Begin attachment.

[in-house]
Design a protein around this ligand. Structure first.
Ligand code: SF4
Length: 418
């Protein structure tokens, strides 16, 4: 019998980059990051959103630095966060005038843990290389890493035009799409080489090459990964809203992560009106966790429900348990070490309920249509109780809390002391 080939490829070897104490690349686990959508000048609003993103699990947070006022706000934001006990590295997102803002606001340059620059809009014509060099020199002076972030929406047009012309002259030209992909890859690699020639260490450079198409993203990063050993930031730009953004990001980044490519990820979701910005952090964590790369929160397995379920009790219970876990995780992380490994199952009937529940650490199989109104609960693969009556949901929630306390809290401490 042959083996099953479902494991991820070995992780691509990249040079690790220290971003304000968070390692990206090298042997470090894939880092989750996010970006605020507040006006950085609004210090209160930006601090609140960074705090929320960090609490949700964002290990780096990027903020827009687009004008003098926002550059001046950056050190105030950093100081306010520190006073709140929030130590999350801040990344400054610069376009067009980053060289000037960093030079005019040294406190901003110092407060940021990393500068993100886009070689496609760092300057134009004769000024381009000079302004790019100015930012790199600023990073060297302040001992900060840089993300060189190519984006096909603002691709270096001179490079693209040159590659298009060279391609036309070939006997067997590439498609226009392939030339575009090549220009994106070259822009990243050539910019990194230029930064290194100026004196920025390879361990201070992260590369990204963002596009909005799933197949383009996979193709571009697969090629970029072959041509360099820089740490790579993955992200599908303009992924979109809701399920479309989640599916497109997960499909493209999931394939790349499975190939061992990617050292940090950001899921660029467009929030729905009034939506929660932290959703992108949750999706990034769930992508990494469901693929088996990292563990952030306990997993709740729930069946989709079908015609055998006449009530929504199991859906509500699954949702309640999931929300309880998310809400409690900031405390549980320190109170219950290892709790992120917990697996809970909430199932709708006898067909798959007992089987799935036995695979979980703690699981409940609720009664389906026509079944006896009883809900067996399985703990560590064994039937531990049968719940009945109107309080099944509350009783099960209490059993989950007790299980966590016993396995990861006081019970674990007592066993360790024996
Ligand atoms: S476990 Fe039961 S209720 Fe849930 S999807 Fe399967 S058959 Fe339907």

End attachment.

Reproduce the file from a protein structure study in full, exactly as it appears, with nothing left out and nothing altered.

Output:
[in-house]
Design a protein around this ligand. Structure first.
Ligand code: SF4
Length: 418
């Protein structure tokens, strides 16, 4: 019998980059990051959103630095966060005038843990290389890493035009799409080489090459990964809203992560009106966790429900348990070490309920249509109780809390002391 080939490829070897104490690349686990959508000048609003993103699990947070006022706000934001006990590295997102803002606001340059620059809009014509060099020199002076972030929406047009012309002259030209992909890859690699020639260490450079198409993203990063050993930031730009953004990001980044490519990820979701910005952090964590790369929160397995379920009790219970876990995780992380490994199952009937529940650490199989109104609960693969009556949901929630306390809290401490 042959083996099953479902494991991820070995992780691509990249040079690790220290971003304000968070390692990206090298042997470090894939880092989750996010970006605020507040006006950085609004210090209160930006601090609140960074705090929320960090609490949700964002290990780096990027903020827009687009004008003098926002550059001046950056050190105030950093100081306010520190006073709140929030130590999350801040990344400054610069376009067009980053060289000037960093030079005019040294406190901003110092407060940021990393500068993100886009070689496609760092300057134009004769000024381009000079302004790019100015930012790199600023990073060297302040001992900060840089993300060189190519984006096909603002691709270096001179490079693209040159590659298009060279391609036309070939006997067997590439498609226009392939030339575009090549220009994106070259822009990243050539910019990194230029930064290194100026004196920025390879361990201070992260590369990204963002596009909005799933197949383009996979193709571009697969090629970029072959041509360099820089740490790579993955992200599908303009992924979109809701399920479309989640599916497109997960499909493209999931394939790349499975190939061992990617050292940090950001899921660029467009929030729905009034939506929660932290959703992108949750999706990034769930992508990494469901693929088996990292563990952030306990997993709740729930069946989709079908015609055998006449009530929504199991859906509500699954949702309640999931929300309880998310809400409690900031405390549980320190109170219950290892709790992120917990697996809970909430199932709708006898067909798959007992089987799935036995695979979980703690699981409940609720009664389906026509079944006896009883809900067996399985703990560590064994039937531990049968719940009945109107309080099944509350009783099960209490059993989950007790299980966590016993396995990861006081019970674990007592066993360790024996
Ligand atoms: S476990 Fe039961 S209720 Fe849930 S999807 Fe399967 S058959 Fe339907």